South China Sea Conundrum: A Worldwide Game of Power Equations
A case brought by US ally, the Philippines against China represents a diplomatic dilemma for far-flung nations. Ahead of a ruling on Tuesday, Washington and Beijing have rallied support for their respective positions on the use of international arbitration in South China Sea disputes.
The United States has been building diplomatic pressure in the West and in Asia on China to abide by the decision by a tribunal in The Hague, Netherlands.
China, which maintains it won’t be bound by the ruling, has been pushing back by building support from nations mostly in Africa and the Mideast.
The US is not a party to the South China Sea territorial disputes, nor to the UN Convention on the Law of the Sea, under which the tribunal has been formed, but says it wants China to play by international rules.
Since there is no enforcement mechanism for the ruling, any impact will depend on how the international community reacts.
Here’s a look at where dozens of countries stand:
ASEAN’s Stand on the Issue
ASEAN has been trying for years to achieve diplomatic solutions in the South China Sea, making little progress and exposing divisions in the 10-member bloc, which includes the Philippines. It is unlikely to reach consensus on the Permanent Court of Arbitration ruling.
When President Barack Obama met ASEAN leaders in February, they agreed on “full respect for legal and diplomatic processes” in accordance with the UN convention.
But Cambodian Prime Minister Hun Sen said in late June that he opposes any ASEAN declaration to support the tribunal’s decision and efforts by countries outside the region “to mobilize forces against China.”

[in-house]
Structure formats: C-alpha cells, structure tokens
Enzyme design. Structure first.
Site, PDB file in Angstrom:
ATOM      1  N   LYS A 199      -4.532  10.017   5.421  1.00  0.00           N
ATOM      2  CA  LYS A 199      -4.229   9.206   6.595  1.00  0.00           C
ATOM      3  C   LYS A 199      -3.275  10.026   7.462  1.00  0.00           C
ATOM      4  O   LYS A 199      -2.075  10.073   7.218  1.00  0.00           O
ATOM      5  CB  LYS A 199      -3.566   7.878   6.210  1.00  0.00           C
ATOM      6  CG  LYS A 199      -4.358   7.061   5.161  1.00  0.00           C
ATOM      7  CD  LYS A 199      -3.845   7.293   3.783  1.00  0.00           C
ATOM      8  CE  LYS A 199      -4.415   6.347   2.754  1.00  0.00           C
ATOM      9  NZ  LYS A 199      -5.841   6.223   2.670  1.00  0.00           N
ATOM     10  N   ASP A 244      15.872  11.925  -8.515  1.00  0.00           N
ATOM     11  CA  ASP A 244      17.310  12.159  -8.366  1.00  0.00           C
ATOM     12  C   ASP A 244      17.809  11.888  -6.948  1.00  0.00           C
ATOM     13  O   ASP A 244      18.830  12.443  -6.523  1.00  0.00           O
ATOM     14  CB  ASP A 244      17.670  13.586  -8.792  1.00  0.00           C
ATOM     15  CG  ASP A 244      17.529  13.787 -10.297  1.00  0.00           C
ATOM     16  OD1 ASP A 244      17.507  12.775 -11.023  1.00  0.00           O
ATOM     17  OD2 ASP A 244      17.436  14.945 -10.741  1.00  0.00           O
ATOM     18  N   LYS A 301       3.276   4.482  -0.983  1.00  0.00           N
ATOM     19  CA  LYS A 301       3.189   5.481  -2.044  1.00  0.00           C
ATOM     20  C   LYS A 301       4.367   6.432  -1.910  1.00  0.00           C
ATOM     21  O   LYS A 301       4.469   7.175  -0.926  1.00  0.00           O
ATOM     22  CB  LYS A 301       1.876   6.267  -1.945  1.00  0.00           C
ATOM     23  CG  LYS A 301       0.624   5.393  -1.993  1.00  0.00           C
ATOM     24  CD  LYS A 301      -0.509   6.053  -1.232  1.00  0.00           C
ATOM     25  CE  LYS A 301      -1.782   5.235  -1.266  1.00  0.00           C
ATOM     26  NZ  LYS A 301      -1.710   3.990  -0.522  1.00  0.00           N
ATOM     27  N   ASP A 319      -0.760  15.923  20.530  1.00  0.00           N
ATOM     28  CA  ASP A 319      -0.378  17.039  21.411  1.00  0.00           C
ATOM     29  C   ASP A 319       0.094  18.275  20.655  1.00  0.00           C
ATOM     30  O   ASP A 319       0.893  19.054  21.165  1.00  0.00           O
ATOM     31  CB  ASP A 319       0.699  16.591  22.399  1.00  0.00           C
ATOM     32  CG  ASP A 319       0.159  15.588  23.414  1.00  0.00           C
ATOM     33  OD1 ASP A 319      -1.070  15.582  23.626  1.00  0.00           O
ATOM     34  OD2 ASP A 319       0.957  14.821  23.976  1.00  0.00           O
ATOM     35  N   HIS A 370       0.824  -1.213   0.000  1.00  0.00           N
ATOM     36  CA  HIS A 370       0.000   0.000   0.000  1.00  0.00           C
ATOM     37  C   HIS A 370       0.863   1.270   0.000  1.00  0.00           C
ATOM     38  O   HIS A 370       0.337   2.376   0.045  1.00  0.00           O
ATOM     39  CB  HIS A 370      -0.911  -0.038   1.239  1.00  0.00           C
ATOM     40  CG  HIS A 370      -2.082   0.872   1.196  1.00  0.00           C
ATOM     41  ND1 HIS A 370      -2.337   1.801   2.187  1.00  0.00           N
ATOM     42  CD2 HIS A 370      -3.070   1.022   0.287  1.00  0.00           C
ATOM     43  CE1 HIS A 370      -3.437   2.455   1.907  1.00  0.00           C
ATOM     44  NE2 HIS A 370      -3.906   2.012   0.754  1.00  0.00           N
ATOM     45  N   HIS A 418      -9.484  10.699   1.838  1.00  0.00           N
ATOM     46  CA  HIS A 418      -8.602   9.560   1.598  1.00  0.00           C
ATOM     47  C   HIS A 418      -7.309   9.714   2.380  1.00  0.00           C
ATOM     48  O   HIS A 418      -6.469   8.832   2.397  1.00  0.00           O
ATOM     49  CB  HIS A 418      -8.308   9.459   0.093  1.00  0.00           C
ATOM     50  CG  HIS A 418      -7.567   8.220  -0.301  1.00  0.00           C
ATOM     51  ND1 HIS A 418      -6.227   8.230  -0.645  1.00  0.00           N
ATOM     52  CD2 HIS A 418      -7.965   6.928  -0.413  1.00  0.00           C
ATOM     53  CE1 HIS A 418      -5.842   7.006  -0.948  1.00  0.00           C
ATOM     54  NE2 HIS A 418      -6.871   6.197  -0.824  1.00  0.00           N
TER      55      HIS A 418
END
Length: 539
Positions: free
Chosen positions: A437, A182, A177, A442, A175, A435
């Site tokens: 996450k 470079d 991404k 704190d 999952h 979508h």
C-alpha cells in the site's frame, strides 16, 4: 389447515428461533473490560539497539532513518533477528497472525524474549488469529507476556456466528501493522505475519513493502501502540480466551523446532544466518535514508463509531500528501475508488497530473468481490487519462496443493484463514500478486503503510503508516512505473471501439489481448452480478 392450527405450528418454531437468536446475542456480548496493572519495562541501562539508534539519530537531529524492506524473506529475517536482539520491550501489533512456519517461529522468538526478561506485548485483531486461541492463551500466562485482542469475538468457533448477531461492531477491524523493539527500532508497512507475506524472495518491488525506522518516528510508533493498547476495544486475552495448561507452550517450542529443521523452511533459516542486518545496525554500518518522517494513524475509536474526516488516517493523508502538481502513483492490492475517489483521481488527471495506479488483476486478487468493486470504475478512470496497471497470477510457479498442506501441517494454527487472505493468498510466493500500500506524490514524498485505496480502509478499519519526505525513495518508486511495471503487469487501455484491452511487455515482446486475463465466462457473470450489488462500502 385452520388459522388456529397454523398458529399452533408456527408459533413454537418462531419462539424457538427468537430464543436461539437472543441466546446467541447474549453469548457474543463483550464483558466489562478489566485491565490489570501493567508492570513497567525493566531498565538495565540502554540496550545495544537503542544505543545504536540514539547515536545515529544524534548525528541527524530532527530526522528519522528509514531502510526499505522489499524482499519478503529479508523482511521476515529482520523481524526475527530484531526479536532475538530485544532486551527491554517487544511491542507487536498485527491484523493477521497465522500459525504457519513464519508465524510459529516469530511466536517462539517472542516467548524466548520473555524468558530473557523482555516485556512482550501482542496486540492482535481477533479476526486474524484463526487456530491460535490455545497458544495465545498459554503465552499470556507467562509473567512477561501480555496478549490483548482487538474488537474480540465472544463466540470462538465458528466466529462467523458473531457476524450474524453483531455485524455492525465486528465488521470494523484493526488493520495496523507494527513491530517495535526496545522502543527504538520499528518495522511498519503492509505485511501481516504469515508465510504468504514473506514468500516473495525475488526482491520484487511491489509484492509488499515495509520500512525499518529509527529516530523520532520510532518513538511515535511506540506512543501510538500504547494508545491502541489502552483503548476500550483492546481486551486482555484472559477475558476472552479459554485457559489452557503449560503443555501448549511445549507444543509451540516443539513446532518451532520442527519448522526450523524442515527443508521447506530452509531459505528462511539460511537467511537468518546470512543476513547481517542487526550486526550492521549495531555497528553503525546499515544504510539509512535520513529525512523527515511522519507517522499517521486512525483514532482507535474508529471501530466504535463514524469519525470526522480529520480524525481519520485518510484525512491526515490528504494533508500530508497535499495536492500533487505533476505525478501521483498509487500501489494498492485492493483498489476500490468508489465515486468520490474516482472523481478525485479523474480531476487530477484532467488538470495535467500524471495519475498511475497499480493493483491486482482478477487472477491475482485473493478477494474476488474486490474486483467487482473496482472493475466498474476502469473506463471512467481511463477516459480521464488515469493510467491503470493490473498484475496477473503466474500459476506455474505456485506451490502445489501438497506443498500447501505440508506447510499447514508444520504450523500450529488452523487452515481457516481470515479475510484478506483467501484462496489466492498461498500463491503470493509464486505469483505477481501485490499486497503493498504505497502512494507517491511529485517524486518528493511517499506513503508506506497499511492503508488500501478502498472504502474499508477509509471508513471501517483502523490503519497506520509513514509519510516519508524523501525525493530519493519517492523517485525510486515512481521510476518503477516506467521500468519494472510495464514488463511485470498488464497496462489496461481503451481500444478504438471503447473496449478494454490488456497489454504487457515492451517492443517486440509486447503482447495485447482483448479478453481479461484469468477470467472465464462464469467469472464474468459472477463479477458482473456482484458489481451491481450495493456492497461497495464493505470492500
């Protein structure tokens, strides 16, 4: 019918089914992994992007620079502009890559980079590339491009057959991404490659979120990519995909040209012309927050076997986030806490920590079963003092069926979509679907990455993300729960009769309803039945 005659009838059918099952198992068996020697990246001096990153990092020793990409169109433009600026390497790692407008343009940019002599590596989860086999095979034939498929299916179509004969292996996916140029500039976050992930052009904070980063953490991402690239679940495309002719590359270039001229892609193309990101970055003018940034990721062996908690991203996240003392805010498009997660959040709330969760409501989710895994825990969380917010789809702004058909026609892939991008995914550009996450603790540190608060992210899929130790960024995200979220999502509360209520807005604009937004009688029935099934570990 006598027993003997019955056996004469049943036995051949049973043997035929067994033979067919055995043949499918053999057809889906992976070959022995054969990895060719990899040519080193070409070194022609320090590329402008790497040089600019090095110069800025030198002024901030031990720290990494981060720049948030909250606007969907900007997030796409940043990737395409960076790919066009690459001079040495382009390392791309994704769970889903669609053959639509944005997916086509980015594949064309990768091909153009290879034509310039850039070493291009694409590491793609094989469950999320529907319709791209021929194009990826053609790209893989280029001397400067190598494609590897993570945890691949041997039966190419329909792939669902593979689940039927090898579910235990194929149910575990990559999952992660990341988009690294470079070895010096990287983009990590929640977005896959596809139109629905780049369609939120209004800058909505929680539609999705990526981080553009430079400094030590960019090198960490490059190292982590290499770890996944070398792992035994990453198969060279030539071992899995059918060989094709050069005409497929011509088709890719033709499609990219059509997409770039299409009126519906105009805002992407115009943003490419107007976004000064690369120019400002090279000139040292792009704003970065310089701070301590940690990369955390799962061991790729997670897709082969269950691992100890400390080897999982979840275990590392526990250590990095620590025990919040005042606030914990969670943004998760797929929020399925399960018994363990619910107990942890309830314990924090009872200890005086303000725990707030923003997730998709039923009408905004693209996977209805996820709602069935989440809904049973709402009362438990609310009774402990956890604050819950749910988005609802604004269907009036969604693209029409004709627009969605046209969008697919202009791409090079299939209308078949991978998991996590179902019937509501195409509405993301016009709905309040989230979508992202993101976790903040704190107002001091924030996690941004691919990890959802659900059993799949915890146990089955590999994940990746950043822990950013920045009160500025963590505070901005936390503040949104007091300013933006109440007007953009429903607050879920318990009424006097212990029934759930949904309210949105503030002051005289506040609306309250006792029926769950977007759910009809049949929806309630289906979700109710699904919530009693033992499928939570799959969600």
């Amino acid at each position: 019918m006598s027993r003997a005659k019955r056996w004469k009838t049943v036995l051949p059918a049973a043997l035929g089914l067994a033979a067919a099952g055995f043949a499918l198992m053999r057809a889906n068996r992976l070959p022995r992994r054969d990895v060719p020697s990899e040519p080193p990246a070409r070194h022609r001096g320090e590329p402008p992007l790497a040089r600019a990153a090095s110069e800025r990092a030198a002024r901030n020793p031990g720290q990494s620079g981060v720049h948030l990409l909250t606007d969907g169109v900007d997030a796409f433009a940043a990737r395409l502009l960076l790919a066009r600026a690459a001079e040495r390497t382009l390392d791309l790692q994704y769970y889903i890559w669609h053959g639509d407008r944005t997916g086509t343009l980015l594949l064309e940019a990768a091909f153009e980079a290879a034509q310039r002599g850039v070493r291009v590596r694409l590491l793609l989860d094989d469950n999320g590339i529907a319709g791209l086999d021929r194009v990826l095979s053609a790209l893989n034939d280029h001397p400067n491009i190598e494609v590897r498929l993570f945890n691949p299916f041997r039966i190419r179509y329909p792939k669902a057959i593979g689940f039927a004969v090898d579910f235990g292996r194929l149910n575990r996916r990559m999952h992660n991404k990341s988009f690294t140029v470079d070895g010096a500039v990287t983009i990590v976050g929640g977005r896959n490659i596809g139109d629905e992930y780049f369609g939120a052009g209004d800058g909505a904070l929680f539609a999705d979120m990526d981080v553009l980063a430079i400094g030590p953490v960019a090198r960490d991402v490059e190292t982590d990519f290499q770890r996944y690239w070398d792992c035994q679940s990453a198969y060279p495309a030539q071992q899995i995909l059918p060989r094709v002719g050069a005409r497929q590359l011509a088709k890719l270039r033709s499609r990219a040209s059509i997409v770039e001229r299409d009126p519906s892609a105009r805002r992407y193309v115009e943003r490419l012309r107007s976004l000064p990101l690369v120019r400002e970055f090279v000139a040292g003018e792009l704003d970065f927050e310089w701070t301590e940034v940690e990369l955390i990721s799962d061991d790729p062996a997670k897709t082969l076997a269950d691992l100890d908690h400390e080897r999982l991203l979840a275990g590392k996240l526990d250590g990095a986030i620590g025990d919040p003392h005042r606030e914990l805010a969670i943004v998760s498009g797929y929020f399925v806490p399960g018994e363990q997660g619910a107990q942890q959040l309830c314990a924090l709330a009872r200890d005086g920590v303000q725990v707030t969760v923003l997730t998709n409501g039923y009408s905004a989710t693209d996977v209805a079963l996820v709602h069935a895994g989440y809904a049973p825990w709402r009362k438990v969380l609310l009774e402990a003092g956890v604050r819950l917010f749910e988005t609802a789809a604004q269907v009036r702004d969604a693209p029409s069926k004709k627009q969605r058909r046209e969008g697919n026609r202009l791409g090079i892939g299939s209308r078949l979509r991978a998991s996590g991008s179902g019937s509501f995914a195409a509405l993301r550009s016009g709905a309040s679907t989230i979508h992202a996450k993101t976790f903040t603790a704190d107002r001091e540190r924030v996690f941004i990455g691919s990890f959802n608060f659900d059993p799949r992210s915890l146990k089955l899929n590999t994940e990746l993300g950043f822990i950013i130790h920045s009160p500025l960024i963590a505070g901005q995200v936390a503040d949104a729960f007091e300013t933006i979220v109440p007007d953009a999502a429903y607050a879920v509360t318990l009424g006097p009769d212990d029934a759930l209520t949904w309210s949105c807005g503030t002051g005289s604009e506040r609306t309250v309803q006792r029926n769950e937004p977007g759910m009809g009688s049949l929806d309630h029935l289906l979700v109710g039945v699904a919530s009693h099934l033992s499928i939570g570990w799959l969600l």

Vietnam, which has fought China over competing South China Sea claims, has been most supportive of the Philippines’ case and submitted a statement to the tribunal.
But other ASEAN nations are generally wary of speaking out for fear of alienating China, the region’s economic heavyweight. Malaysia and Brunei have said little about the case, though they too are South China Sea claimants.
Indonesia and Singapore are not claimants but have been a bit more outspoken.
Russia Supports Beijing
Moscow, which shares China’s suspicion of Washington, is Beijing’s most prominent supporter on the issue. On a visit to China in April, Russian Foreign Minister Sergey Lavrov said Russia is against any interference from outside parties in the South China Sea.
China further enjoys support from African and Middle Eastern Countries. Its state media has reported that about 60 countries have expressed support for China’s stance on the arbitration case.
The Foreign Ministry has in recent weeks given prominent mention to the support it claims to have from nations principally in Africa, the Mideast and Central Asia.
European Union and G-7
The EU has urged all South China Sea claimants to resolve disputes through peaceful means and “pursue them in accordance with international law,” including the U.N. convention.
The Group of seven wealthy nations, which comprises Britain, Canada, France, Germany, Italy, Japan, the US and the EU, has called on all states to fully implement decisions binding on them in courts and tribunals provided under the convention.
What Does India Have to Say?
India shares US’ concerns about Beijing’s rising ambitions in the South China sea.
India’s External Affairs Ministry has said that all countries must abide by international law and norms on maritime issues.
India set an example in 2014 when it accepted a decision by the Permanent Court of Arbitration that ruled in favor of Bangladesh in a dispute over the countries’ maritime boundary.
It’s all About Oil for Japan and South Korea
Japan says both China and the Philippines should abide by the arbitration court’s ruling. Japan sees the move not only as upholding international law, but it also comes from the concern that historic rival China seeks strategic control of vital sea lanes in the South China Sea that carry 80 percent of Japan’s crude oil imports.
However, South Korea which is also heavily dependent on fuel imports that pass through the South China Sea, has been less inclined to speak out as it has closer ties with China.
(This article has been published in arrangement with AP)